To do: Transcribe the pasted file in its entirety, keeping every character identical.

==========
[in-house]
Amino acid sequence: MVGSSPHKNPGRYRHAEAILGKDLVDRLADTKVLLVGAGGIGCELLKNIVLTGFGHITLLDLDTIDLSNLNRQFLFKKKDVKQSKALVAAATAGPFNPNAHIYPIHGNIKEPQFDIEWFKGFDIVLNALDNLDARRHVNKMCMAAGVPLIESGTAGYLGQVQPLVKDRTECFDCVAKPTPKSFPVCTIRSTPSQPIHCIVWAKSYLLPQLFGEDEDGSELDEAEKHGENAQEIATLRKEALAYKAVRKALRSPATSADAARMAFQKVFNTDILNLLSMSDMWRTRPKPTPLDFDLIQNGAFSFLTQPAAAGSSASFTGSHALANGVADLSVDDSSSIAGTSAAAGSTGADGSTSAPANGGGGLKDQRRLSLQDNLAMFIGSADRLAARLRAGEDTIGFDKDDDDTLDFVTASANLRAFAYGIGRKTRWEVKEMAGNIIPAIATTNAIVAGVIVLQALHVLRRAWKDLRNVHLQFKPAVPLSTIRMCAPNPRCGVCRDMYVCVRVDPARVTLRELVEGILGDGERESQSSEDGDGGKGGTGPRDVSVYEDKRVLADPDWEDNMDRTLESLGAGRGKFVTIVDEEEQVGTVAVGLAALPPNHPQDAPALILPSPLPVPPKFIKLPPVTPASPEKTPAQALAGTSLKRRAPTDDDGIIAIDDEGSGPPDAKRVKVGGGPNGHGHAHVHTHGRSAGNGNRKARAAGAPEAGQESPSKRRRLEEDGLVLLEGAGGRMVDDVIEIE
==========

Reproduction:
[in-house]
Amino acid sequence: MVGSSPHKNPGRYRHAEAILGKDLVDRLADTKVLLVGAGGIGCELLKNIVLTGFGHITLLDLDTIDLSNLNRQFLFKKKDVKQSKALVAAATAGPFNPNAHIYPIHGNIKEPQFDIEWFKGFDIVLNALDNLDARRHVNKMCMAAGVPLIESGTAGYLGQVQPLVKDRTECFDCVAKPTPKSFPVCTIRSTPSQPIHCIVWAKSYLLPQLFGEDEDGSELDEAEKHGENAQEIATLRKEALAYKAVRKALRSPATSADAARMAFQKVFNTDILNLLSMSDMWRTRPKPTPLDFDLIQNGAFSFLTQPAAAGSSASFTGSHALANGVADLSVDDSSSIAGTSAAAGSTGADGSTSAPANGGGGLKDQRRLSLQDNLAMFIGSADRLAARLRAGEDTIGFDKDDDDTLDFVTASANLRAFAYGIGRKTRWEVKEMAGNIIPAIATTNAIVAGVIVLQALHVLRRAWKDLRNVHLQFKPAVPLSTIRMCAPNPRCGVCRDMYVCVRVDPARVTLRELVEGILGDGERESQSSEDGDGGKGGTGPRDVSVYEDKRVLADPDWEDNMDRTLESLGAGRGKFVTIVDEEEQVGTVAVGLAALPPNHPQDAPALILPSPLPVPPKFIKLPPVTPASPEKTPAQALAGTSLKRRAPTDDDGIIAIDDEGSGPPDAKRVKVGGGPNGHGHAHVHTHGRSAGNGNRKARAAGAPEAGQESPSKRRRLEEDGLVLLEGAGGRMVDDVIEIE